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Haiti’s Future — Digitally

After several adult beverages and a Farscape marathon, I finally got the cognitive functions of my brain from cowering in the corner, overwhelmed by the images from Haiti. As a journalist, I’ve seen my share of disasters but I’m really glad I didn’t have to cover this one. I haven’t even been able to call or write a friend who lost family in the tragedy. “Sorry for your loss,” seems inadequate. But I can’t come up with anything else that might offer some comfort to him or me. So I’ve gone to the place where I’ve always felt safe. Looking down the road and getting the first glimpse of what’s around the technological bend.The Future Was Yesterday

Technology can’t solve the problems of governance, politics and providing for the immediate needs of Haiti’s people. What it can do is short-circuit some of the thinking about what it takes of build an infrastructure from scratch. About 15 years ago, I was invited to participate in a UN sponsored working group on technology in developing nations. I was in a room with the heads of IT from several Fortune 500 countries, a couple of ministers of information and several IT consultants. The topic was how to speed up implementation of telecommunications in Africa. After about an hour of listening to people wrangling over the difficulty of laying copper wire in some very dangerous places, I finally piped up and asked, “Why are we talking about laying cable? Why don’t we just leapfrog it and use satellites.”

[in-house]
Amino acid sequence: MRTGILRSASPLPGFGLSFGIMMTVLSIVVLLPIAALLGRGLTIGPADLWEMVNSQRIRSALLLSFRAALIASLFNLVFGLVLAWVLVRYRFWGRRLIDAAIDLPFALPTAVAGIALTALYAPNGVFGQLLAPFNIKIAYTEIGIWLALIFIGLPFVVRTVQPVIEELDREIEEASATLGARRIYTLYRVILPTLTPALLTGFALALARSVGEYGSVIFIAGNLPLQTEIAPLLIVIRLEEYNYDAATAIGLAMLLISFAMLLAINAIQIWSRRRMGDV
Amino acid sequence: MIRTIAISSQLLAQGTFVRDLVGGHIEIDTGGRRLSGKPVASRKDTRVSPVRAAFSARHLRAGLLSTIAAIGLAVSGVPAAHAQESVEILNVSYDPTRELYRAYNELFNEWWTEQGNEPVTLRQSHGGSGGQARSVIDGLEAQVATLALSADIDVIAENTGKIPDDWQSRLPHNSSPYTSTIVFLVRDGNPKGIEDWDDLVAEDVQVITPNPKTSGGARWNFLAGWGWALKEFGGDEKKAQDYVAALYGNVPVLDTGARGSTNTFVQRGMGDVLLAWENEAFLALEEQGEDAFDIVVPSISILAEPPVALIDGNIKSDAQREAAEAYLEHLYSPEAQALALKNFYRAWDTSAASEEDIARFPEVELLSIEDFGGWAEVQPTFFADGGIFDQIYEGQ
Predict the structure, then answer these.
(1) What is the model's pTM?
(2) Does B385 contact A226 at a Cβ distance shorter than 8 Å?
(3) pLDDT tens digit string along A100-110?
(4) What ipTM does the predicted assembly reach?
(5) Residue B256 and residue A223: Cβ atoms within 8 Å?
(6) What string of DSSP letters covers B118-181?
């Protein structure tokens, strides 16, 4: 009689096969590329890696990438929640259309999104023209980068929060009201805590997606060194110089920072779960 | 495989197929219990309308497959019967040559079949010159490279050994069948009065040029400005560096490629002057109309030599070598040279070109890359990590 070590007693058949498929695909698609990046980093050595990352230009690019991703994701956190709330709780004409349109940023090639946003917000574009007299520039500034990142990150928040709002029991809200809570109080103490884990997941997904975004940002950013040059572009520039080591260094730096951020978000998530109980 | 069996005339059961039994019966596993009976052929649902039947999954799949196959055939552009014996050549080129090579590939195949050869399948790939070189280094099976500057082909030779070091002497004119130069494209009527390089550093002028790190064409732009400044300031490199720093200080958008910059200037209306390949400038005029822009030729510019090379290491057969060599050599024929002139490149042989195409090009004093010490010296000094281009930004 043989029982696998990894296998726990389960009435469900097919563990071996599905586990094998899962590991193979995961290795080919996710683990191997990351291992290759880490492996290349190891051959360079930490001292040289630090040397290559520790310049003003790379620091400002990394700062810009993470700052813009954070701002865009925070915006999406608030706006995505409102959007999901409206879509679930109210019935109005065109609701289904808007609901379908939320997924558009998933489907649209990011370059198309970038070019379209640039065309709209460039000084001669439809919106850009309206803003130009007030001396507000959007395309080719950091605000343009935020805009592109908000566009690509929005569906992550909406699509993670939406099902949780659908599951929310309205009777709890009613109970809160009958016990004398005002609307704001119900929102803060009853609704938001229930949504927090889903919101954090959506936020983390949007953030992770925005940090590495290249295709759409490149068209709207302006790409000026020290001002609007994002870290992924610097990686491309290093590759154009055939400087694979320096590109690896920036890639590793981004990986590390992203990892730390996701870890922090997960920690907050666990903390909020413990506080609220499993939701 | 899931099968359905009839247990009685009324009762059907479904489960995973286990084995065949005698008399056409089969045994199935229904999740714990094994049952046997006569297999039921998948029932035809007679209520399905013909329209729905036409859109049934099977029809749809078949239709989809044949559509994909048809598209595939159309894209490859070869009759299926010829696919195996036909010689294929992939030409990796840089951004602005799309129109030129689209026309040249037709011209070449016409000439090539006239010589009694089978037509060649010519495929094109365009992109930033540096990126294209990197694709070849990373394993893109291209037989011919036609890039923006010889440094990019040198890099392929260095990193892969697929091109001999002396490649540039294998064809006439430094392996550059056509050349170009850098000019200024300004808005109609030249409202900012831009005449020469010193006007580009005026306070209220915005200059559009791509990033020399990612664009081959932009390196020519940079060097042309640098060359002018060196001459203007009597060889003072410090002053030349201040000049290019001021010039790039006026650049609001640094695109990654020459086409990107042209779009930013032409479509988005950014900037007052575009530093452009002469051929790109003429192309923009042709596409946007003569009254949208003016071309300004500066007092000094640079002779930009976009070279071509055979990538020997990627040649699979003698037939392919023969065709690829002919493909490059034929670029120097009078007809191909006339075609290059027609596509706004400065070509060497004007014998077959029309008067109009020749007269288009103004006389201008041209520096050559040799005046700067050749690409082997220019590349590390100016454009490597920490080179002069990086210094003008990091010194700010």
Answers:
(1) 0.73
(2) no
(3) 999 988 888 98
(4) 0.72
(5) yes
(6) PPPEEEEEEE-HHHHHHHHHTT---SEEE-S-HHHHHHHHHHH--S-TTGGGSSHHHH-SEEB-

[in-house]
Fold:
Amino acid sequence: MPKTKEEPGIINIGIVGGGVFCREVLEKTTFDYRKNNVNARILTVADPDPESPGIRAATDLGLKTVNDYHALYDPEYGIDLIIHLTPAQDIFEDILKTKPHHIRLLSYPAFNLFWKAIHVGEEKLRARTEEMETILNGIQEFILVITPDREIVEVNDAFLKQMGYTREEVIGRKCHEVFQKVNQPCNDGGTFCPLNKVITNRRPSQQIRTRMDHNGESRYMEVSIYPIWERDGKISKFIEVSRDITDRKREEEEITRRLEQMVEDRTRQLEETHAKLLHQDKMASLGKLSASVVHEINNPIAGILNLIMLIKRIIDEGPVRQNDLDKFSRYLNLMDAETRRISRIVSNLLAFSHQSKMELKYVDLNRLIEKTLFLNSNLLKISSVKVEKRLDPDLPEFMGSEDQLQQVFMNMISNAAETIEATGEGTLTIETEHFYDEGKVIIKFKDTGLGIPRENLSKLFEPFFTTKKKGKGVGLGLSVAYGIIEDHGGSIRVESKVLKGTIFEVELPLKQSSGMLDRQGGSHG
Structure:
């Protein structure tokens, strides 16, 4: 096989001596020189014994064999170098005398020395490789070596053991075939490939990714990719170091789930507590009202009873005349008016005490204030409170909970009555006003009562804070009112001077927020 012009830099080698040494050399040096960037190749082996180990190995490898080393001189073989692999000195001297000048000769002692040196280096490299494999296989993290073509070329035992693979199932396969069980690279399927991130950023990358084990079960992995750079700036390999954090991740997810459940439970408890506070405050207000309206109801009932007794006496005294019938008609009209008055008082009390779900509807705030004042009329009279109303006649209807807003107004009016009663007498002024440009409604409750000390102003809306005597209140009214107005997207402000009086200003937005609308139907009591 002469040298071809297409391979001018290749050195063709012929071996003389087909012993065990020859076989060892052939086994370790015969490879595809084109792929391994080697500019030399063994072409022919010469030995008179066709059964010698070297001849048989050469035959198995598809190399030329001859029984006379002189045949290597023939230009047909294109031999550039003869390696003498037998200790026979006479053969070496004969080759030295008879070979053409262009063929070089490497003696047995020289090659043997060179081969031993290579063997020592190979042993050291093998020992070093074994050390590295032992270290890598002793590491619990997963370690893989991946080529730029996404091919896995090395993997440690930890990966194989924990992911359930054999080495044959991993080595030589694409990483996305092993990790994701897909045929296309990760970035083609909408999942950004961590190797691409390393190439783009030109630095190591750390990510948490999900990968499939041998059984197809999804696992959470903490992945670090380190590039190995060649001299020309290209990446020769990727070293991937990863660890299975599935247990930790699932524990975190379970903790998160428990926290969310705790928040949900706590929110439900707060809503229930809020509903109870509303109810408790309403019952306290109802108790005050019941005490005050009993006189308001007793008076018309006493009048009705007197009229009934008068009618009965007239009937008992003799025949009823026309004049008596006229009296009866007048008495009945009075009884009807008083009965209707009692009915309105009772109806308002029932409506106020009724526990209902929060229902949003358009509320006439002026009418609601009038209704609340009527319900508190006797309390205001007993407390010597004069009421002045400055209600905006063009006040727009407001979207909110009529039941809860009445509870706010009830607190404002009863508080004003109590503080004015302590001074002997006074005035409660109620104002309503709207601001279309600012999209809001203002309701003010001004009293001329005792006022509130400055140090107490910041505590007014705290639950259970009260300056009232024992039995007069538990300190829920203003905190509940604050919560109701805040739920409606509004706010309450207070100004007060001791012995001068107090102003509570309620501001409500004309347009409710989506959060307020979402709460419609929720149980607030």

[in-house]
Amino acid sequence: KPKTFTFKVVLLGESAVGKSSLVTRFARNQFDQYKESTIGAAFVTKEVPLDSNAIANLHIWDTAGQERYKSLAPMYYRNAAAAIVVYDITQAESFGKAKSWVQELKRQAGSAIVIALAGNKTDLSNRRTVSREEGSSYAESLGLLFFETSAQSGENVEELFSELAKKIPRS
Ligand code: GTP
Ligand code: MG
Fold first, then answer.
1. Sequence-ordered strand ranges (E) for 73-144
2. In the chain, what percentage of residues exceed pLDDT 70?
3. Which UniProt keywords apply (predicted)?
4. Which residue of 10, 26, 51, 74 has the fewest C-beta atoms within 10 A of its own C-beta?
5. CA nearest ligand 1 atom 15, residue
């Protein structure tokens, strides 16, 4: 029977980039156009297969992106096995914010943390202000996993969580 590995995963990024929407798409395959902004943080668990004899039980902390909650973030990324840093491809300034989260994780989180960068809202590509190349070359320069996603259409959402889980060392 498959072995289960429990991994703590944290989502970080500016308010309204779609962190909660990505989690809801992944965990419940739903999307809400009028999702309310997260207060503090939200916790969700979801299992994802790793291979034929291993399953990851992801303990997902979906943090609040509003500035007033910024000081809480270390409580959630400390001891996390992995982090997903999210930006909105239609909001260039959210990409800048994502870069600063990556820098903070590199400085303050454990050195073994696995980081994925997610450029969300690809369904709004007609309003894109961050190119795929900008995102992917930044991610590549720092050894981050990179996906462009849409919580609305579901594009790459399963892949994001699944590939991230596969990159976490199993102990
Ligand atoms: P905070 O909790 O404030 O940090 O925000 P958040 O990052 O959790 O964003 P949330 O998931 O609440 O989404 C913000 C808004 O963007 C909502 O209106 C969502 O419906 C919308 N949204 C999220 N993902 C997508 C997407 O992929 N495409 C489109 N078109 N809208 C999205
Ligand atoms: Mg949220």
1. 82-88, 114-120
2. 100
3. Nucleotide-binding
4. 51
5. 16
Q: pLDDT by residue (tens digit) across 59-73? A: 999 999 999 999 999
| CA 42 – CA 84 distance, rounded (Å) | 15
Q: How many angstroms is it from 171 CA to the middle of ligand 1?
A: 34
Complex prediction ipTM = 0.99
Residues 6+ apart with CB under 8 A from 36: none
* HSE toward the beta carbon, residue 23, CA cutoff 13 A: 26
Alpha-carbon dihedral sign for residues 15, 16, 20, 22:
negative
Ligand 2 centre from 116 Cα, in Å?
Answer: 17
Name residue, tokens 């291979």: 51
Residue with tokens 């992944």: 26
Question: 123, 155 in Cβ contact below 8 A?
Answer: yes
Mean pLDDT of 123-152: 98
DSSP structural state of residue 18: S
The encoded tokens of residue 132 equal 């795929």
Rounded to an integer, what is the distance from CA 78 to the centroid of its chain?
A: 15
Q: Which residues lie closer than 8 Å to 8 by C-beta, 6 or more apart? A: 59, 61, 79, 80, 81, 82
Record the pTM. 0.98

After an uncomfortably long silence, a fog of excuses filled the room. It boiled down to “we’re not sure those people are ready to handle that level of technological sophistication.”  My anger management training kicked in and I was able to get through the rest of the day without resorting to violence.

This is what I’m afraid is going to happen to the digital future of Haiti. Who’s going to make the decisions about rebuilding? Some of the people in that room had never been to Arica. This was pre Sarah Palin but I think some of those people thought Africa was a country. My late friend and mentor Roy Allen and I once worked as consultants to the 40 televisions stations of the Nigerian Television Authority. We were having after dinner drinks on the balcony of our building in Lagos’ Victoria Island. “You know,” he said, “there are people back home who think we’re fighting off lions.”

I’ve never been to Haiti but I’ve spent enough time in places like Haiti where outsiders make decisions without any regard or knowledge of the people or the culture. I don’t exempt myself. I’ve seen myself react too  often as a know-it-all American.

I believe that I’ve learned my lessons, but have others? Are the redevelopment funds going to be used to just put things back together though a little stronger to withstand the seasonal hurricanes and expected earthquakes? Or will someone look down the road and plan for an infrastructure that will create a sustainable environment while building an economy that supports it?

Will the promise of “green jobs” be fulfilled in Haiti and used as a model for other countries trying to move past fossil fuels and the old way of doing business? I’ll be writing more on this topic. It’s part of the mission of this blog to constantly look at the technology through Global Colored Glasses.

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